Spencer Kuvin, who represents several of Jeffrey Epstein’s victims, told The Mirror that the prince’s legal team are “sure” to consider the move, adding that they would have a “strong case”.
In 2001, when Virginia Giuffre alleges that the Duke of York sexually assaulter her, Prince Andrew was a trade envoy – a position that holds diplomatic immunity – which could make him exempt from any form of prosecution.
Prince Andrew has strenuously denied all allegations made against him.
Mr Kuvin told The Mirror that he expects the prince’s legal team to file a motion to dismiss Ms Giuffre’s complaint and that his former trade envoy status is likely to be considered.
“Ms Giuffre’s lawyers have huge barriers to overcome to get her lawsuit anywhere near a jury,” he said.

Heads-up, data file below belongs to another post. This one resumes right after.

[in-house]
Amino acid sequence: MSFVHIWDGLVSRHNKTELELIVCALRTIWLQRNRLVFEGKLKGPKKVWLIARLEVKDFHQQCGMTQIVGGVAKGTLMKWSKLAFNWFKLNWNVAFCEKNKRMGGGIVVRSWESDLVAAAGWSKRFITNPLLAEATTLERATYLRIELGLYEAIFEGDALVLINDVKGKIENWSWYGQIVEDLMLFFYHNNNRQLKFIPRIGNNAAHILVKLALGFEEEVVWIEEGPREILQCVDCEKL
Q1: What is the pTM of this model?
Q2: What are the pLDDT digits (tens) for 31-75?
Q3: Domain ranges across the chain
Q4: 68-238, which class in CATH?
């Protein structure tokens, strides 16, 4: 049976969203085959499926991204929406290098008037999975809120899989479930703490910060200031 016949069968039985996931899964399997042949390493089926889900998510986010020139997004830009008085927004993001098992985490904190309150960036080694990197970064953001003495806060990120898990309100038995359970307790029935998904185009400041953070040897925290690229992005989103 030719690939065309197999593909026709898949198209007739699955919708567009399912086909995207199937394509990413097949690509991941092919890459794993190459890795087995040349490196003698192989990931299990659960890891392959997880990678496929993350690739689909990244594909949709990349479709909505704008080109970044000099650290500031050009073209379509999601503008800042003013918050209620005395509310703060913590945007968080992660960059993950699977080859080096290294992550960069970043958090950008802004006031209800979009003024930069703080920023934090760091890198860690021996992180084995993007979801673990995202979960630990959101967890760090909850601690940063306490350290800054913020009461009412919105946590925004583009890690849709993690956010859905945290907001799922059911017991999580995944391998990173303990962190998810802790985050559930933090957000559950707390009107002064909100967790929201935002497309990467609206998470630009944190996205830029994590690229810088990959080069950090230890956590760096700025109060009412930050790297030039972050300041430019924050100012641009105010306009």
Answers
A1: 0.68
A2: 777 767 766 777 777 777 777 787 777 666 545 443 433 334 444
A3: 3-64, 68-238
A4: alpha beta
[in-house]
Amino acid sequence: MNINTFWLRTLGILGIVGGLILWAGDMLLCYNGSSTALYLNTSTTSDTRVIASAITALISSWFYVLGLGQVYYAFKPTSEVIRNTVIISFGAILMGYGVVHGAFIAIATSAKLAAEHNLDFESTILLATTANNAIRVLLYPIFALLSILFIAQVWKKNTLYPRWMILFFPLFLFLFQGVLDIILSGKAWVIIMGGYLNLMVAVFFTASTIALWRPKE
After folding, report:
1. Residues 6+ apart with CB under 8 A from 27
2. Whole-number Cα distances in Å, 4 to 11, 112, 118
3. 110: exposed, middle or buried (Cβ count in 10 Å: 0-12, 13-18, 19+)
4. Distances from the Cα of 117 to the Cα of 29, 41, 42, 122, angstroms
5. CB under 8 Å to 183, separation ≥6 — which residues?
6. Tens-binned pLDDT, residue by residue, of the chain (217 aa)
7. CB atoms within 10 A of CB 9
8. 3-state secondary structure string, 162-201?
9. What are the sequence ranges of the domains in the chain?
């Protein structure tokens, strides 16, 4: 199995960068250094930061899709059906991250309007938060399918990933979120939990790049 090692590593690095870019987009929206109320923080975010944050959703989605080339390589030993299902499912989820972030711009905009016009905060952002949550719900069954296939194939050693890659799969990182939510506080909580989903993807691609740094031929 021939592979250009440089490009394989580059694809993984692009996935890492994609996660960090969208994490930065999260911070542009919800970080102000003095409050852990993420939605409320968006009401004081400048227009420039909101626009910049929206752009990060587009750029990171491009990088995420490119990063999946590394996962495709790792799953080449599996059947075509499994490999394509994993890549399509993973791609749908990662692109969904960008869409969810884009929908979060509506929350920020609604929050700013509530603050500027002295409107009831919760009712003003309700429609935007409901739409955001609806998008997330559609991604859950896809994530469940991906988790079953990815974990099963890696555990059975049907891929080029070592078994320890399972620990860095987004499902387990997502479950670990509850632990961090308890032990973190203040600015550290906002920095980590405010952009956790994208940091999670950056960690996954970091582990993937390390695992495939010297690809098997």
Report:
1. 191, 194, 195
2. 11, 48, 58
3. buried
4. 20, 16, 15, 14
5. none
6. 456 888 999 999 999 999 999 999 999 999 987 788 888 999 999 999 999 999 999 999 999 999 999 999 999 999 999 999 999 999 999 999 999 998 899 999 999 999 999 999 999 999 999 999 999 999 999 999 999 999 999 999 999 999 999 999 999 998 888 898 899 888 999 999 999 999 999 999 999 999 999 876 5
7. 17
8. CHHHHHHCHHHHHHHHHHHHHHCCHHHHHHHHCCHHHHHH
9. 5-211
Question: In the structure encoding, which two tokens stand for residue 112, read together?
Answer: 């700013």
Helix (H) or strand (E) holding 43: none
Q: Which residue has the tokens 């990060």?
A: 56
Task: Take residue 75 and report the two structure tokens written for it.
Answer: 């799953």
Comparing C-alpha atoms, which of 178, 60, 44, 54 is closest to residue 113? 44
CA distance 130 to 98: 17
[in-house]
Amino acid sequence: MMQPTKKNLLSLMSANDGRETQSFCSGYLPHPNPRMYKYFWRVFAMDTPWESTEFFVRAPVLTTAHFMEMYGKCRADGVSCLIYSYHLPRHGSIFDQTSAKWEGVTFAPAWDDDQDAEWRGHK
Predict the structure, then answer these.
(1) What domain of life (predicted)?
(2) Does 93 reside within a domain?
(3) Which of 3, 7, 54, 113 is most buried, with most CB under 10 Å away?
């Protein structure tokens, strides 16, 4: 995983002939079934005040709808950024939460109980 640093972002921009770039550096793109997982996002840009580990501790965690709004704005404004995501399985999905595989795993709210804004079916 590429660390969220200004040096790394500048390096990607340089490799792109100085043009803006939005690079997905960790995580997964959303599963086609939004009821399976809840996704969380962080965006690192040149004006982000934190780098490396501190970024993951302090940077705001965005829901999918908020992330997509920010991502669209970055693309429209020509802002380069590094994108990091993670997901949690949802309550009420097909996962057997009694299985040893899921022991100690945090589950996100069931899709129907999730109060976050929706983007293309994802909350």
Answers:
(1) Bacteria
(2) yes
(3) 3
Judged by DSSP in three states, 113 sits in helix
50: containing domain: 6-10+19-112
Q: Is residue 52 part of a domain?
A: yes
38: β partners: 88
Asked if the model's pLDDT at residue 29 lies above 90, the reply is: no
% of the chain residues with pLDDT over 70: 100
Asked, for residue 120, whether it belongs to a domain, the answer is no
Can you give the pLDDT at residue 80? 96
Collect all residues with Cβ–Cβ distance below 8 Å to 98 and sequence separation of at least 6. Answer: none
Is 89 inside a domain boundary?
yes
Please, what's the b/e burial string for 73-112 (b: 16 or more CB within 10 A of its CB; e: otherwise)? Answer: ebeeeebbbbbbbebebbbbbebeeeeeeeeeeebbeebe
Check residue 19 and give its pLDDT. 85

“If the Duke engages in the case at all, his legal team will undoubtedly file a motion to dismiss the complaint on numerous different grounds.
“For sure, they would argue diplomatic immunity. They would have a strong case.”
Ms Giuffre is suing Prince Andrew in a US court, alleging that he sexually abused her at Epstein’s mansion in New York and two other locations.
Her suit alleges that she was “compelled by express or implied threats” to “engage in sexual acts with Prince Andrew” by Epstein and others.
In previous court statements, filed in another case, Ms Giuffre alleged that the pedophile directed her to have sex with Prince Andrew on three occasions in 2001, in New York, London and the US Virgin Islands.
Those claims were strongly rejected by Buckingham Palace.
A Palace statement said: “It is emphatically denied that [Prince Andrew] had any form of sexual contact or relationship with [Ms Giuffre]. The allegations made are false and without any foundation.”
Ms Giuffre is seeking unspecified compensatory and punitive damages which Mr Kuvin told The Mirror could “easily” amount to upward of £14m if Prince Andrew were to lose the case.
An initial court hearing, in the form of a telephone conference, has been scheduled for 13 September.